Taking Remifentanil While Pregnant: What You Need to Know

Is Remifentanil Safe to Take While Pregnant?

Remifentanil is an opioid pain reliever, also called a narcotic or an analgesic. Remifentanil is short-acting, synthetically manufactured and powerful. It’s used primarily for sedation and is part of a combination of medications used for general anesthesia. There are certain surgeries that it’s used for. For example, it’s used during certain spinal surgeries, cardiac surgery and also gastric bypass surgery. One brand-name of remifentanil is called Ultiva. Remifentanil is given as an intravenous infusion. The side effects of remifentanil are similar to other opioids. For example, respiratory depression is a primary effect of the drug. Also possible are dizziness and extreme itching. Sometimes the itching is so bad that an antihistamine is given at the same time as the remifentanil. Remifentanil should only be given in hospital settings, by trained medical professionals who can monitor effects like respiratory depression. However, that’s not always the case, and sometimes opioid anesthetics like remifentanil are diverted from medical use and sold on the streets. Remifentanil is estimated to be twice as strong as fentanyl and anywhere from 100 to 200 times stronger than morphine. This drug, when not used properly, has the potential to be very dangerous and deadly. There are reports, although minimal, of remifentanil being misused. Remifentanil is a schedule II-controlled substance in the U.S.

Is remifentanil safe to take while pregnant? The answer to this is that it depends. Remifentanil is a category C pregnancy drug, as are most other opioids. Category C drugs fall into a gray area regarding safety during pregnancy. The FDA differentiates categories of risk during pregnancy for different drugs. These categories are based on currently available research, which can include animal studies as well as observational studies done on humans. A category C drug doesn’t have enough evidence to show that it’s safe during pregnancy. With category C drugs, a healthcare professional should evaluate whether or not the risks of the drug are greater than the possible benefits it could bring.

There’s another scenario to be aware of with remifentanil and other opioids. If a woman is using opioids recreationally and she becomes pregnant, she shouldn’t stop using suddenly. It’s important to speak with a medical professional or participate in a medical detox. Symptoms of opioid withdrawal can cause pregnancy complications and can be harmful to a woman and her unborn baby. A doctor will typically recommend that a woman either gradually taper her dosage of opioids to mitigate withdrawal or participate in a medically-assisted detox program.

Taking Remifentanil While Pregnant: What You Need to Know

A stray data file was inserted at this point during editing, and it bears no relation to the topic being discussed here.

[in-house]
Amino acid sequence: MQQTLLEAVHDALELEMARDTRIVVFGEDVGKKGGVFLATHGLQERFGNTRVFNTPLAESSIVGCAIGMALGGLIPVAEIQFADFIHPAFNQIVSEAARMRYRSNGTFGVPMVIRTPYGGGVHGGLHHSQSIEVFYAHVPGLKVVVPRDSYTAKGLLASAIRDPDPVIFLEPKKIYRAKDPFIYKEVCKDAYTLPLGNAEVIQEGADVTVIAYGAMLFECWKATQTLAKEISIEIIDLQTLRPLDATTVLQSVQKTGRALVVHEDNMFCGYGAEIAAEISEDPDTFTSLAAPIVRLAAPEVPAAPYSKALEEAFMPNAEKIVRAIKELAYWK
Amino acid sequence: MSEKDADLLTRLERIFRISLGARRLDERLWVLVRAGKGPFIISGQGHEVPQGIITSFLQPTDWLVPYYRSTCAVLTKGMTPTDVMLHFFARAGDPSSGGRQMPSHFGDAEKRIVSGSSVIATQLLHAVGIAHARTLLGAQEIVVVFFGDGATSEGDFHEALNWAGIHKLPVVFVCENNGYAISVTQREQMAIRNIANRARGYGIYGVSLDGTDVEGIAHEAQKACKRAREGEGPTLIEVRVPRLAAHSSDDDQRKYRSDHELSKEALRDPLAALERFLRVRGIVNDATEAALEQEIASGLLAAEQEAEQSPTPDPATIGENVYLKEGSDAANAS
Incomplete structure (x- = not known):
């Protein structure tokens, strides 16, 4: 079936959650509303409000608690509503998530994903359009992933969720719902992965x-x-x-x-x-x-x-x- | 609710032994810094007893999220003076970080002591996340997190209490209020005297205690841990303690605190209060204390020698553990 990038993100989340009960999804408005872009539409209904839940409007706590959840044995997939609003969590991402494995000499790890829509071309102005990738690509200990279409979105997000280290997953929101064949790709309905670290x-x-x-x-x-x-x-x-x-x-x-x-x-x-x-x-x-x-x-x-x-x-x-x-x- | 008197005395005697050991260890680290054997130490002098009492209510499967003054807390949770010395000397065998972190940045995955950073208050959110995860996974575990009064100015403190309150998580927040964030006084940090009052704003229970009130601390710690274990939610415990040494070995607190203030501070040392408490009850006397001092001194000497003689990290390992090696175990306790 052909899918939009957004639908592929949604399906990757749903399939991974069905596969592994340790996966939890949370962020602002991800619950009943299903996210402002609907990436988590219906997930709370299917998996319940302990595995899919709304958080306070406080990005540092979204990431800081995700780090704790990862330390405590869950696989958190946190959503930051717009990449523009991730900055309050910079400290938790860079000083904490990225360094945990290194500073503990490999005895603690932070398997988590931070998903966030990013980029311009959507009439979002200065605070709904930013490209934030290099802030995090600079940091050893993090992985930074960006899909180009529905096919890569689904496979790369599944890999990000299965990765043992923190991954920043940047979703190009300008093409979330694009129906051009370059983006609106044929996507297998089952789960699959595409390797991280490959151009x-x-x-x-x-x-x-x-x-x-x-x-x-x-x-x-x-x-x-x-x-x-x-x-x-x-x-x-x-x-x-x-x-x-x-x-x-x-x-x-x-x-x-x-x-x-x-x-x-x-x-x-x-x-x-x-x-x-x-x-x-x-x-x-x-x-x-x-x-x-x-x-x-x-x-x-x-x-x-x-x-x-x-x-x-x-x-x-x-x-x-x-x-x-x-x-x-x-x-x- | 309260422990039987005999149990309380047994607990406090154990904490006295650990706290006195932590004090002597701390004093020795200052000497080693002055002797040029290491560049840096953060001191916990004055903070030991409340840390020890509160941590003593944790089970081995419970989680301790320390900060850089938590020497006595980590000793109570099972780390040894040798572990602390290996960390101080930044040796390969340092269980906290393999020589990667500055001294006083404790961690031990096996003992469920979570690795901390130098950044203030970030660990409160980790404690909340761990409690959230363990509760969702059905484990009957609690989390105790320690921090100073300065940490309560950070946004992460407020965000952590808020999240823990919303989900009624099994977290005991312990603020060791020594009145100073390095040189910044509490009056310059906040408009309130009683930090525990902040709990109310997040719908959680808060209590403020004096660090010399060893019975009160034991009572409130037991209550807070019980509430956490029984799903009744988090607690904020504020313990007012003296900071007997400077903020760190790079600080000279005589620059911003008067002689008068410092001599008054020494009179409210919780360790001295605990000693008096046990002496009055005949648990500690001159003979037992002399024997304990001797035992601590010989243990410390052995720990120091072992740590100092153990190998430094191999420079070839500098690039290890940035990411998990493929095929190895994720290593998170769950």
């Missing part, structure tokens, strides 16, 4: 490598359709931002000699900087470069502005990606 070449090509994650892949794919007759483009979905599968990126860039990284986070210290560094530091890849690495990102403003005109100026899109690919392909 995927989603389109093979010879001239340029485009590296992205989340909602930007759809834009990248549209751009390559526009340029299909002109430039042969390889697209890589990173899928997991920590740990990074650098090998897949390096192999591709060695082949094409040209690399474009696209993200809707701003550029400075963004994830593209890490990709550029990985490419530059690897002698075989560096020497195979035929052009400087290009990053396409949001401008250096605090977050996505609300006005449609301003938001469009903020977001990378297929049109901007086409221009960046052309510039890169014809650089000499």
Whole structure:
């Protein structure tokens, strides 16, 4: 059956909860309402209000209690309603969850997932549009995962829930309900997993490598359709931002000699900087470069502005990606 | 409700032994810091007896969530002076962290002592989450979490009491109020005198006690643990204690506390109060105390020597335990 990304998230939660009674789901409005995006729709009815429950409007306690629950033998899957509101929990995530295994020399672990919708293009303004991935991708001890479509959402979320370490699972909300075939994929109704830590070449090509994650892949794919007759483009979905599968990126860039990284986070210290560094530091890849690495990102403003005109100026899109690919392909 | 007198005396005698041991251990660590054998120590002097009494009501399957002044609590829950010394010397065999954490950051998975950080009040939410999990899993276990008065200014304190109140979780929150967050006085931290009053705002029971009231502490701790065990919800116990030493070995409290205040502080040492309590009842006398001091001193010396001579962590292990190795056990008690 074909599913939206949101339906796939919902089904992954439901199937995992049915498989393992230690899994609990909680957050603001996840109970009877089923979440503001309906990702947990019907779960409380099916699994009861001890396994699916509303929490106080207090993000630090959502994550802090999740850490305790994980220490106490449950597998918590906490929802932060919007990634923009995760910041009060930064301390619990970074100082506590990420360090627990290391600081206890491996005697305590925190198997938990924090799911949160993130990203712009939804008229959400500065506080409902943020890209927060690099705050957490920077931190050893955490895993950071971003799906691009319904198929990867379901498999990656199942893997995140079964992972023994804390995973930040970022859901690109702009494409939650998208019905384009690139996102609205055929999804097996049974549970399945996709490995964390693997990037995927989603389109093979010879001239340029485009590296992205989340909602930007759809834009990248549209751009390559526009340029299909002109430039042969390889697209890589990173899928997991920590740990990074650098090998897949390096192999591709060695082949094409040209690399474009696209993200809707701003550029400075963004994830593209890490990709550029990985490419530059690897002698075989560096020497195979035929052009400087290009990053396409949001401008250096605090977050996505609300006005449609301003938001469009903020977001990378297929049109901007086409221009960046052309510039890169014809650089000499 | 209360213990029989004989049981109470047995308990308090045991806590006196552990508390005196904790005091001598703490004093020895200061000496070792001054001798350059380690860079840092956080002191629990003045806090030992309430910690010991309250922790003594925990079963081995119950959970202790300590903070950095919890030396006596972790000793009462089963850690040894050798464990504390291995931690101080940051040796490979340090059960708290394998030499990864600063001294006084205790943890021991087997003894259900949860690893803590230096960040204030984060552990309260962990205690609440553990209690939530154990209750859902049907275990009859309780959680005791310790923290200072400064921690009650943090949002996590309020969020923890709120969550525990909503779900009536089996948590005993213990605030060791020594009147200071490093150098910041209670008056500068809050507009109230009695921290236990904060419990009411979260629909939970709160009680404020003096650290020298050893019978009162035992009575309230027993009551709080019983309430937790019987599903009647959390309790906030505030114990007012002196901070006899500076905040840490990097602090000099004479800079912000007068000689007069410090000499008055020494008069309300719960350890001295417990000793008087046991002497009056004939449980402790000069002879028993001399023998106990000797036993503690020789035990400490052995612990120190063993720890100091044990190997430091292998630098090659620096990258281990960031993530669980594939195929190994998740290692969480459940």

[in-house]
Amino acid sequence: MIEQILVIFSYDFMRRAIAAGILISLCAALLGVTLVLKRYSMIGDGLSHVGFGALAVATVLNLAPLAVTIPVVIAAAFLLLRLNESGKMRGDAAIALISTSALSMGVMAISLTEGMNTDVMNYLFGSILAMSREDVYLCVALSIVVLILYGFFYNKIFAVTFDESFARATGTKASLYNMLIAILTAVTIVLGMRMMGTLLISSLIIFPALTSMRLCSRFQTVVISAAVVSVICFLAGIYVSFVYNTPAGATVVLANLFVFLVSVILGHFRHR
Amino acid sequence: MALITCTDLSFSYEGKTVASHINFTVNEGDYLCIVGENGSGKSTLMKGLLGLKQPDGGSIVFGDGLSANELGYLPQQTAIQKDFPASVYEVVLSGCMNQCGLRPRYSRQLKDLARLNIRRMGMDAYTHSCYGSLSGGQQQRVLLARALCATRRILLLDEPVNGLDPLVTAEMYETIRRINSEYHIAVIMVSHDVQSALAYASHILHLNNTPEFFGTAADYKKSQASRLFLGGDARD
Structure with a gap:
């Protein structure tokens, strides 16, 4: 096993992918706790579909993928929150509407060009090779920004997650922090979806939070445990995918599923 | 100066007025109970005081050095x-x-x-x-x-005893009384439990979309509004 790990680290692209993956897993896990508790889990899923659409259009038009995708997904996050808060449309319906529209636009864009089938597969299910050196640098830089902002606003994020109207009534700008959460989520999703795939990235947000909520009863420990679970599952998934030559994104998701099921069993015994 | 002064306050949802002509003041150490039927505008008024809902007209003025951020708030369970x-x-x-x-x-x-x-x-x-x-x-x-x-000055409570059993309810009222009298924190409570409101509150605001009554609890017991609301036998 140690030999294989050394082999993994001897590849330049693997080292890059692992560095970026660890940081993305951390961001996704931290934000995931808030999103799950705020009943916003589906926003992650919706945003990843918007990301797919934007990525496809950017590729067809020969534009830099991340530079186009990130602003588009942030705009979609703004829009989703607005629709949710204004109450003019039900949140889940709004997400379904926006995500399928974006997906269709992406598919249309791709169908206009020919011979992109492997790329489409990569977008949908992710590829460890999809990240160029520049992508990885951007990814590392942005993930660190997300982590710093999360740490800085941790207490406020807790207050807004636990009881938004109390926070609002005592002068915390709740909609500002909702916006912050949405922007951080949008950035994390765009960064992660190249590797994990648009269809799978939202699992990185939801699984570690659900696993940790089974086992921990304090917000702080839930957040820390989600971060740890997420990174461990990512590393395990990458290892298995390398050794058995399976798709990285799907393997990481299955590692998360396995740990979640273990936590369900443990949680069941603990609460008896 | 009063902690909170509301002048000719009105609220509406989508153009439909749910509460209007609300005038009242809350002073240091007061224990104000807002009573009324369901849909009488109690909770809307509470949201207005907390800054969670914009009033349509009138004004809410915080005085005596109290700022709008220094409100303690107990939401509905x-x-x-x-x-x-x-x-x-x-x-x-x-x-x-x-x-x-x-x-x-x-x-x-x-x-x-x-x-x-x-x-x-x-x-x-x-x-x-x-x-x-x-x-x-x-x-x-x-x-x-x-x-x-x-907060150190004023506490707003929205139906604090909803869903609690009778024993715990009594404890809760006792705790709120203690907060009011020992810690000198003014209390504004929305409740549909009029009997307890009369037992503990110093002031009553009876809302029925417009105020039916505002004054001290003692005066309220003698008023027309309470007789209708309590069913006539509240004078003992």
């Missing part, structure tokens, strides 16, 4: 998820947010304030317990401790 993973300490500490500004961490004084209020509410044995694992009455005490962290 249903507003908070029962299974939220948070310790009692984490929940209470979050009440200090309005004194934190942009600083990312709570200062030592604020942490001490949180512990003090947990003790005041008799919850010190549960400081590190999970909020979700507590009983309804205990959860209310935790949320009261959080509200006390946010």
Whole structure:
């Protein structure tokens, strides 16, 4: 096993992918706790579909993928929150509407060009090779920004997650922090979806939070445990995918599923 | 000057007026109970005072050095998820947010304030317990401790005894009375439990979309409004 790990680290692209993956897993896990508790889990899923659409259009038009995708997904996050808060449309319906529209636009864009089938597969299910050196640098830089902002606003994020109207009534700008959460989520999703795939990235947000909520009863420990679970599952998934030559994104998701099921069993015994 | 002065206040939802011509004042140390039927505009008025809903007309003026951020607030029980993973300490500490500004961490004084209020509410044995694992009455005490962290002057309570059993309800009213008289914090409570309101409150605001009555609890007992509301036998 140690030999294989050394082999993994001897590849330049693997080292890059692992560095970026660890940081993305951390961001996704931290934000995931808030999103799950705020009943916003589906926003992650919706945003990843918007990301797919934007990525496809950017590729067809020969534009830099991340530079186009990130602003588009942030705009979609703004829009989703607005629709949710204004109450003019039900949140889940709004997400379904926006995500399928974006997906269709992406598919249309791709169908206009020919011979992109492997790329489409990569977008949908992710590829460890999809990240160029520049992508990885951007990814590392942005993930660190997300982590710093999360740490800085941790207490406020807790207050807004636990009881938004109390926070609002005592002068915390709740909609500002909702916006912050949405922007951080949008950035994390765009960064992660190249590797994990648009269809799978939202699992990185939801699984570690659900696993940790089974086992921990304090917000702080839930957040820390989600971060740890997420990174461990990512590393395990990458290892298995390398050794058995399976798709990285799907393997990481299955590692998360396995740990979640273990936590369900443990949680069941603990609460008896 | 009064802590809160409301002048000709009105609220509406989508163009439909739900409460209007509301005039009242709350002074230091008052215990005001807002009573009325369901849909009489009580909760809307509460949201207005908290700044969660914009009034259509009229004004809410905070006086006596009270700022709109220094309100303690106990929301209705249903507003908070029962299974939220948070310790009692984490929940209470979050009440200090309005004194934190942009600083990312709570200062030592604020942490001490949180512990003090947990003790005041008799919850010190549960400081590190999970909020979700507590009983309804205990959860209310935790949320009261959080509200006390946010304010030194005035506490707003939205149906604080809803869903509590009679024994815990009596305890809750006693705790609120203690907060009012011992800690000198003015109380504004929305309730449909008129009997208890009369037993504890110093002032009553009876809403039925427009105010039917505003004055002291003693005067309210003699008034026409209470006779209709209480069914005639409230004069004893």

Taking remifentanil may increase the possibility of certain birth defects. This is true of opioids in general. However, the risk of these defects occurring remains small. Opioids, particularly during the early months of pregnancy, may increase the risk of congenital heart defects. Spina bifida, which is a serious neural tube defect that affects the spine and brain, may also be more likely to occur in an infant exposed to opioids in the womb. Hydrocephaly, which is a buildup of fluid in the brain, is potentially more likely in babies exposed to opioids during pregnancy, as is glaucoma. Another birth defect risk raised with the use of opioids is gastroschisis, which is an abdominal wall defect. These defects were all highlighted in relatively new research released by the CDC. According to the CDC, some of the reasons pregnant women cited for using opioids during pregnancy included during surgery, for chronic diseases and because of injuries.

Along with a slightly higher risk of birth defects, there is also a risk of babies being born to remifentanil when exposed to it in the womb. In this case, the baby will likely go through withdrawal after delivery. This is neonatal abstinence syndrome or NAS. During NAS, a baby may be born experiencing problems with breathing, feeding and sleeping. A baby with NAS symptoms may experience irritability, excessive crying, muscle rigidity, tremors and convulsions. Other symptoms of NAS can include vomiting, diarrhea, fever and sweating. When a baby is born and NAS is suspected, specialized treatment, typically the NICU is required.

If a woman is in a medical situation where remifentanil may be used, her doctor has likely weighed the possible risks and benefits. If a woman is, on the other hand, recreationally using remifentanil, she should speak with her healthcare provider. It’s important to stop using opioids safely while pregnant. A medically-assisted detox is one of the safest, most effective ways for a pregnant woman to go through withdrawal. During a medical detox, a pregnant patient can be monitored, and the safety of her and her baby can be ensured. Following medical detox, a woman may require professional addiction treatment.

There are options available to you, and you don’t have to feel hopeless. Reach out to The Recovery Village and learn more about our available programs, including options during pregnancy.

Medical Disclaimer: The Recovery Village aims to improve the quality of life for people struggling with a substance use or mental health disorder with fact-based content about the nature of behavioral health conditions, treatment options and their related outcomes. We publish material that is researched, cited, edited and reviewed by licensed medical professionals. The information we provide is not intended to be a substitute for professional medical advice, diagnosis or treatment. It should not be used in place of the advice of your physician or other qualified healthcare provider.